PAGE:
NEW ORLEANS (AP) - A tropical storm churning in the Caribbean could be the latest bad news for BP crews trying to contain and clean up the massive oil spill in the Gulf, an effort that has been plagued by setbacks for more than two months.
It is still too early to tell exactly where Tropical Storm Alex might go, or how it might affect oil on and below the surface of the Gulf of Mexico, forecasters said. An armada of ships is working on the spill. That includes those drilling two relief wells, projected to be done by mid-August, which are the best hope for halting the crude that has been gushing since an April 20 explosion touched off the biggest offshore oil spill in U.S. history.
BP's effort to drill through 2½ miles of rock is on target, the oil giant said Friday. But BP's stock tumbled anyway over the mounting costs of the disaster and the company's inability to plug the leak sooner.
The crew that has been drilling the relief well since early May ran a test to confirm it is on the right path, using a tool that detects the magnetic field around the casing of the original, blown-out well.
"The layman's translation is, 'We are where we thought we were,"' said BP spokesman Bill Salvin. Once the new well intersects the ruptured one, BP plans to pump heavy drilling mud in to stop the oil flow and plug it with cement.
Despite the encouraging news, BP stock tumbled 6 percent in New York on Friday to a 14-year low on news that BP has now spent $2.35 billion dealing with the disaster.
BP has lost more than $100 billion in market value since its deep-water drilling platform blew up, and its stock is worth less than half the $60 or so it was selling for on the day of the explosion.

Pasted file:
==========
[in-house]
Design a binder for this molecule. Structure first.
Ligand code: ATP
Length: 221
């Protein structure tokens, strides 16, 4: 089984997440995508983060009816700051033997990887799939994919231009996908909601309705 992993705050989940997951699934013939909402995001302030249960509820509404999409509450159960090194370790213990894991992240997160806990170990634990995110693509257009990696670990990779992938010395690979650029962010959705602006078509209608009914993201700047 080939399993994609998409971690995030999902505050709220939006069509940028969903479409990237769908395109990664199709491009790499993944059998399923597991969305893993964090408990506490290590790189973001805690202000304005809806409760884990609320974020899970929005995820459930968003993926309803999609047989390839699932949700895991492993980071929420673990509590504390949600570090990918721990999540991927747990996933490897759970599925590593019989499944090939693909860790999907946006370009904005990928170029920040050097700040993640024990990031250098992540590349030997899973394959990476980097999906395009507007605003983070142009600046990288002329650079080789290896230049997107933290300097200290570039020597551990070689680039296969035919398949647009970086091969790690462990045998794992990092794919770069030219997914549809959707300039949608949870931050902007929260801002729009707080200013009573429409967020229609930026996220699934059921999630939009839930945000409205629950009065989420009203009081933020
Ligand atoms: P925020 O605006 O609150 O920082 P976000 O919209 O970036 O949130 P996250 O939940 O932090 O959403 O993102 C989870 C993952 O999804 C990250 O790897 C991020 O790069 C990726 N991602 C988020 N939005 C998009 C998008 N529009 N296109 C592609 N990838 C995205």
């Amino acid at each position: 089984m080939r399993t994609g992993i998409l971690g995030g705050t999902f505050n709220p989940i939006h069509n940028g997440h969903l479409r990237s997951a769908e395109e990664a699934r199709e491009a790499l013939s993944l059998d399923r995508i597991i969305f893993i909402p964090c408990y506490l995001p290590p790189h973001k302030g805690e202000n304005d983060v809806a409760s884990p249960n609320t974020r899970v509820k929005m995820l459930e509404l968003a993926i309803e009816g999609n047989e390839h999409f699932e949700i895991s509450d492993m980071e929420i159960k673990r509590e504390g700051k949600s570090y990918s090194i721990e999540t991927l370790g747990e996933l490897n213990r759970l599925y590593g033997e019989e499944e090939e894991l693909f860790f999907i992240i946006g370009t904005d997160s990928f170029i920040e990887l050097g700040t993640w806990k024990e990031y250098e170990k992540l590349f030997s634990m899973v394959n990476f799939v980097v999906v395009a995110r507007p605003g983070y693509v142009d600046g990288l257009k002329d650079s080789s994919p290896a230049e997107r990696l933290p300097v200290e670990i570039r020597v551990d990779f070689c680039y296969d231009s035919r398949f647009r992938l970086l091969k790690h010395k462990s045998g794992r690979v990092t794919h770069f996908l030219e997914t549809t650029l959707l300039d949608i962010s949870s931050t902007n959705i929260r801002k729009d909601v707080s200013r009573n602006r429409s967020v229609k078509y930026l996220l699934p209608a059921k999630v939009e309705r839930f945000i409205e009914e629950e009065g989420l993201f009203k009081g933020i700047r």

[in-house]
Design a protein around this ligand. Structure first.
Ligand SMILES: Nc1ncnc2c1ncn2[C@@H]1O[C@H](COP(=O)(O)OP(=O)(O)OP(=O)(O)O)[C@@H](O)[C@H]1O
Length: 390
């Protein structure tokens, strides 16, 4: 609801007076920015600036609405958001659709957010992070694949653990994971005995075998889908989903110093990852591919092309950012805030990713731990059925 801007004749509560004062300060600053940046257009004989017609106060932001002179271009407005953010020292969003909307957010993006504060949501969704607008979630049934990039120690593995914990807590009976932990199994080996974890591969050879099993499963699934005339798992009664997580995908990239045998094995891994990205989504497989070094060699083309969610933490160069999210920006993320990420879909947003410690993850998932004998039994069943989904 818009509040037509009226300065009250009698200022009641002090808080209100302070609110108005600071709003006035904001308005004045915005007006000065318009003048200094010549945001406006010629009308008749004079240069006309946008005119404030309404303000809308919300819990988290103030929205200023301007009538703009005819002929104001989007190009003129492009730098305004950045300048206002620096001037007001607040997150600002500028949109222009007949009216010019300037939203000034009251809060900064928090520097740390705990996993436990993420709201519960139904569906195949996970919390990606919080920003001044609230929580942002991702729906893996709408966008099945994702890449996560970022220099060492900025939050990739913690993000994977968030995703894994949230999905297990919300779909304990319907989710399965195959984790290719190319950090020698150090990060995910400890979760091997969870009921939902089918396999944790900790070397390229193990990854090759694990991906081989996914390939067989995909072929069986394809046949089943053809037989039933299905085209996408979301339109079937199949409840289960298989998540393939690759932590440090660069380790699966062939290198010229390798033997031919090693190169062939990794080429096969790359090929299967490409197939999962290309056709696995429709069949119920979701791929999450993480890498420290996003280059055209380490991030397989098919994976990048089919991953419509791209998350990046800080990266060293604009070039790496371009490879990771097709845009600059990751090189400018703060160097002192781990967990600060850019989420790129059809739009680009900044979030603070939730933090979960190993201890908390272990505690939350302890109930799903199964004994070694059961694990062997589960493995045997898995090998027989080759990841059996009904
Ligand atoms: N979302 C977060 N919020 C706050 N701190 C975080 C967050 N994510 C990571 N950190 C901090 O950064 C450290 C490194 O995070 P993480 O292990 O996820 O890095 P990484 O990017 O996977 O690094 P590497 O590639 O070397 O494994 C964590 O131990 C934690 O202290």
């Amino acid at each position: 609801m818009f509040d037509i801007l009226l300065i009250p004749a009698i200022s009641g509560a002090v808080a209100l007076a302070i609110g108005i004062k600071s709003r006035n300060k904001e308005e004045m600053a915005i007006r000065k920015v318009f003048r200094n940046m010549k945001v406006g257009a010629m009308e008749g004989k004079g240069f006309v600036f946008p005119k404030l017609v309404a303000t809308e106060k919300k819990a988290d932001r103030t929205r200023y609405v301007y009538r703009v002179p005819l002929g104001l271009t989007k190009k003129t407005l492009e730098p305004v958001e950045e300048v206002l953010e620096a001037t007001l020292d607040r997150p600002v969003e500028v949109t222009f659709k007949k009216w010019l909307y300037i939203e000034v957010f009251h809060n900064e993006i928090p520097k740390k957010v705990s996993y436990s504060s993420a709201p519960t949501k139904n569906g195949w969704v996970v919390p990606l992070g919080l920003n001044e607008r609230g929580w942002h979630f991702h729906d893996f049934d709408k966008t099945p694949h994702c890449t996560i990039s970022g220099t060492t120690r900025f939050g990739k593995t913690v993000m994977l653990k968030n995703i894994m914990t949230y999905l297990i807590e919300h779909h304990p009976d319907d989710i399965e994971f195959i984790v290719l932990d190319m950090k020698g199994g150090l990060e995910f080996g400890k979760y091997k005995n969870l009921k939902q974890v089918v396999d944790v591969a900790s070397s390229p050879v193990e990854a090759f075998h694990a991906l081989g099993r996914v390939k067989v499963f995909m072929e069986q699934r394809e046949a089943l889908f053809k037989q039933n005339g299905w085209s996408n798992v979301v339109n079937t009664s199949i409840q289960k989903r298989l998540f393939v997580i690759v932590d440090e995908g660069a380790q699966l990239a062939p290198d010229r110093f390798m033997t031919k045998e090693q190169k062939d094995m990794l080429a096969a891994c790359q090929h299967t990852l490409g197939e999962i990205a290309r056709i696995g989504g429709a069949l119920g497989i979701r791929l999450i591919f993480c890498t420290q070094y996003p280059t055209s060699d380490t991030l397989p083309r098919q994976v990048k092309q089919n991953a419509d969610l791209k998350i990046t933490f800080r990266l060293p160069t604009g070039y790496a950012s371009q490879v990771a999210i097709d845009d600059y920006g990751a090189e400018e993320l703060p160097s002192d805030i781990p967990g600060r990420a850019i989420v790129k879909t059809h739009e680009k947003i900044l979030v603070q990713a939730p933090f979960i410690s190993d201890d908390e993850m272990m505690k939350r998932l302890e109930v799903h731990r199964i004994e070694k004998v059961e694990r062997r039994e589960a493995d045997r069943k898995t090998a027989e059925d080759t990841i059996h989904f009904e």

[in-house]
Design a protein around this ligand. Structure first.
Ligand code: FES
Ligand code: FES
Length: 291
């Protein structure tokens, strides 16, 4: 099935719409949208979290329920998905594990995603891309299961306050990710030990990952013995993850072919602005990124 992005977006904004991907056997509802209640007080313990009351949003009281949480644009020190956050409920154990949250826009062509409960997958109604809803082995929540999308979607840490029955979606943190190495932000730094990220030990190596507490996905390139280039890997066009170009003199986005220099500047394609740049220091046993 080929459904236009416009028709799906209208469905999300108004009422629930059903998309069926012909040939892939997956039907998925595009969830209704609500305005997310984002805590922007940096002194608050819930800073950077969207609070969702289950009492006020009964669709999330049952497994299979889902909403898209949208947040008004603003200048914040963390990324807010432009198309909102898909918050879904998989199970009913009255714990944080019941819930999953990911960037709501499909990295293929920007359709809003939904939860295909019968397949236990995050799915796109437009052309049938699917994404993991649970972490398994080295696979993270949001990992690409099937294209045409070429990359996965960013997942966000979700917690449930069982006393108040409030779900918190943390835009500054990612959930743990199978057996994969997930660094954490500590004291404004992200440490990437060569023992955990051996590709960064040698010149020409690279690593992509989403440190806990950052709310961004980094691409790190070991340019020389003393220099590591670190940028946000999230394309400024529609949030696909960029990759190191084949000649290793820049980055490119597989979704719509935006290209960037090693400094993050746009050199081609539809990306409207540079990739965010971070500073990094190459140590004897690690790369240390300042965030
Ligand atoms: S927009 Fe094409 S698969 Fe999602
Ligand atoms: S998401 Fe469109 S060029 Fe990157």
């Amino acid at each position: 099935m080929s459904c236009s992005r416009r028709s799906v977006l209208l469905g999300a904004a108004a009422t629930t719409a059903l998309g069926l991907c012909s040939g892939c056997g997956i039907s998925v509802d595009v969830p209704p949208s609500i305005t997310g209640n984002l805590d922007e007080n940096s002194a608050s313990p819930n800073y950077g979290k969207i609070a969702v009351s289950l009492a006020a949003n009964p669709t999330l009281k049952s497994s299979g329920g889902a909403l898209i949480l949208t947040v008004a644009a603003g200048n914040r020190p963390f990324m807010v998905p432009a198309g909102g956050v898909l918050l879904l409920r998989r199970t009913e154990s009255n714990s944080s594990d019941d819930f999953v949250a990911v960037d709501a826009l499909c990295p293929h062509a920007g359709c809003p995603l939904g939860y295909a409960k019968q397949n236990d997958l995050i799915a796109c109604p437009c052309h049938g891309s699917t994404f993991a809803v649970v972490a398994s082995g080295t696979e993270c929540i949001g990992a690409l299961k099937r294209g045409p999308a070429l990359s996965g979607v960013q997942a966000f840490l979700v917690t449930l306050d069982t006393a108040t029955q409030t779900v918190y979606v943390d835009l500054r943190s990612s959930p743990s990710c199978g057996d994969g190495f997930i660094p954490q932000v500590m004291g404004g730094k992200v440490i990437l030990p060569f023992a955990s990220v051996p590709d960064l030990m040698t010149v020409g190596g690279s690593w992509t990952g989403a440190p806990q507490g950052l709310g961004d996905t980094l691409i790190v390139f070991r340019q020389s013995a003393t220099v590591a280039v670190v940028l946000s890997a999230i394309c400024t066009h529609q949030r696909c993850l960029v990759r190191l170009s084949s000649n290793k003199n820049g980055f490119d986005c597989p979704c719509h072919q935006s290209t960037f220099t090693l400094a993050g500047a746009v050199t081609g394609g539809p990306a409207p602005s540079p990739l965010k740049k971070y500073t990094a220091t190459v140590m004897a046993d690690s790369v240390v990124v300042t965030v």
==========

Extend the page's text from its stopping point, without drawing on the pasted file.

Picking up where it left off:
If the bad weather heads toward the Gulf, it could add to BP's problems.
Forecasters can't say yet if Alex - which blew into a tropical storm early Saturday - will hit the northeastern part of the Gulf, where the spill has spread over the past 10 weeks.
Somewhere between 69 million and 132 million gallons of crude have spewed into the water since the Deepwater Horizon drilling rig exploded April 20, killing 11 workers.
Most storm prediction models show it traveling over the Yucatan Peninsula over the weekend and into the southern Gulf by Monday. Where it goes next is the question.
Jack Bevins, a forecaster with the National Hurricane Center in Miami, said early prediction models Saturday morning no longer had it going across the oil spill. But Alex's track could quickly change in the coming days as conditions shift.
The effort to capture the oil gushing from the sea bottom could be interrupted for up to two weeks if a storm forces BP to move its equipment out of harm's way, said Coast Guard Adm. Thad Allen, the government's point man on the crisis.
BP would need about five days to secure or move all its equipment to safety from an approaching storm but is working to shorten that to two days, Salvin said. The equipment includes ships that are processing the oil sucked up by the containment cap on the well and the rigs drilling the two relief wells.
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